Yeast Dosage-Response Curve

This is data from a real experiment, measuring the dose response of an engineered yeast line to isopentyladenine, or IP. The yeast is engineered with a basic GFP reporter, and GFP fluorescence is measured after 12 hours, at which time we expect the cells to be at steady-state.

(Reference: Chen et al, Nature Biotech 2005)

Set up the Jupyter matplotlib integration, and import the cytoflow module.

# in some buggy versions of the Jupyter notebook, this needs to be in its OWN CELL.
%matplotlib inline
import cytoflow as flow

# if your figures are too big or too small, you can scale them by changing matplotlib's DPI
import matplotlib
matplotlib.rc('figure', dpi = 160)

First we set up the Experiment. This is primarily the mapping between the flow data (wells on a microtitre plate, here) and the metadata (experimental conditions, in this case the IP concentration.)

For this experiment, I did a serial dilution with three dilutions per log. Note that I specify that this metadata is of type log, which is represented internally as a numpy type float, but is plotted on a log scale when we go to visualize it.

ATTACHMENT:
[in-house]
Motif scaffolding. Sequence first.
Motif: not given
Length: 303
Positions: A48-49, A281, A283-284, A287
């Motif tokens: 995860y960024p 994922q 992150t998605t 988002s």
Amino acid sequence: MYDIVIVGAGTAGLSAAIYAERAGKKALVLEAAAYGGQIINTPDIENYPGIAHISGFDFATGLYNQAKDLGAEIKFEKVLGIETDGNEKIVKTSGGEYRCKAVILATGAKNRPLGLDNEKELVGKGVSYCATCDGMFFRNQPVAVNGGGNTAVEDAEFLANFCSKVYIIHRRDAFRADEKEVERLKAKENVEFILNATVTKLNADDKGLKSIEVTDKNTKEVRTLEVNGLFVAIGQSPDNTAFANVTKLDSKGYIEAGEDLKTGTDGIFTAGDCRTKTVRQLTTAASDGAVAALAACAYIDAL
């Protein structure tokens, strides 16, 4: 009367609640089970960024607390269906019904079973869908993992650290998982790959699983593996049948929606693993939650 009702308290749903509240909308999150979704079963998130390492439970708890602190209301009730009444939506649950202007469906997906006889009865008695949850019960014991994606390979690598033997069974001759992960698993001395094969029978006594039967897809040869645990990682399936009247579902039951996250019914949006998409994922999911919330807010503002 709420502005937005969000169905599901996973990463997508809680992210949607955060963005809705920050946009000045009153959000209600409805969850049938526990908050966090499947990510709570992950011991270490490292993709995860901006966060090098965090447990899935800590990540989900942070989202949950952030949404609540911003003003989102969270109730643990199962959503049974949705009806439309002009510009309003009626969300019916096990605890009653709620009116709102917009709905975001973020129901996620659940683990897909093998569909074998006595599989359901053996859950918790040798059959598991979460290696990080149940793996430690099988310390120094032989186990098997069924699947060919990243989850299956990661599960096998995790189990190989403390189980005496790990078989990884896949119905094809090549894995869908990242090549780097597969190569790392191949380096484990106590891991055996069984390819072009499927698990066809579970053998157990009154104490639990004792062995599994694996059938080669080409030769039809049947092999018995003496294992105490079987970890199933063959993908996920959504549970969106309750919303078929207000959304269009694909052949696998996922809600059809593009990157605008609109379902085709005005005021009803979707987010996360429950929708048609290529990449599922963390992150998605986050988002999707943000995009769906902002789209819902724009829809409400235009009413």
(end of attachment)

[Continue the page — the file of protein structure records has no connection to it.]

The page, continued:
Also note that, in order to keep the size of the source distribution manageable, I’ve only included 1000 events from each tube in the example files. The actual data set has 30,000 events from each, which gives a much prettier dose-response curve!

inputs = {
    "Yeast_B1_B01.fcs" : 5.0,
    "Yeast_B2_B02.fcs" : 3.75,
    "Yeast_B3_B03.fcs" : 2.8125,
    "Yeast_B4_B04.fcs" : 2.109,
    "Yeast_B5_B05.fcs" : 1.5820,
    "Yeast_B6_B06.fcs" : 1.1865,
    "Yeast_B7_B07.fcs" : 0.8899,
    "Yeast_B8_B08.fcs" : 0.6674,
    "Yeast_B9_B09.fcs" : 0.5,
    "Yeast_B10_B10.fcs" : 0.3754,
    "Yeast_B11_B11.fcs" : 0.2816,
    "Yeast_B12_B12.fcs" : 0.2112,
    "Yeast_C1_C01.fcs" : 0.1584,
    "Yeast_C2_C02.fcs" : 0.1188,
    "Yeast_C3_C03.fcs" : 0.0892,
    "Yeast_C4_C04.fcs" : 0.0668,
    "Yeast_C5_C05.fcs" : 0.05,
    "Yeast_C6_C06.fcs" : 0.0376,
    "Yeast_C7_C07.fcs" : 0.0282,
    "Yeast_C8_C08.fcs" : 0.0211,
    "Yeast_C9_C09.fcs" : 0.0159

tubes = []
for filename, ip in inputs.items():
    tubes.append(flow.Tube(file = "data/" + filename, conditions = {'IP' : ip}))

ex = flow.ImportOp(conditions = {'IP' : "float"},
                   tubes = tubes).apply()

Set logicle as the default plot scale:


The first step in most cytometry workflows is to filter out debris and aggregates based on morphological parameters (the forward- and side-scatter measurements.) So let’s have a look at the FSC-A and SSC-A channels.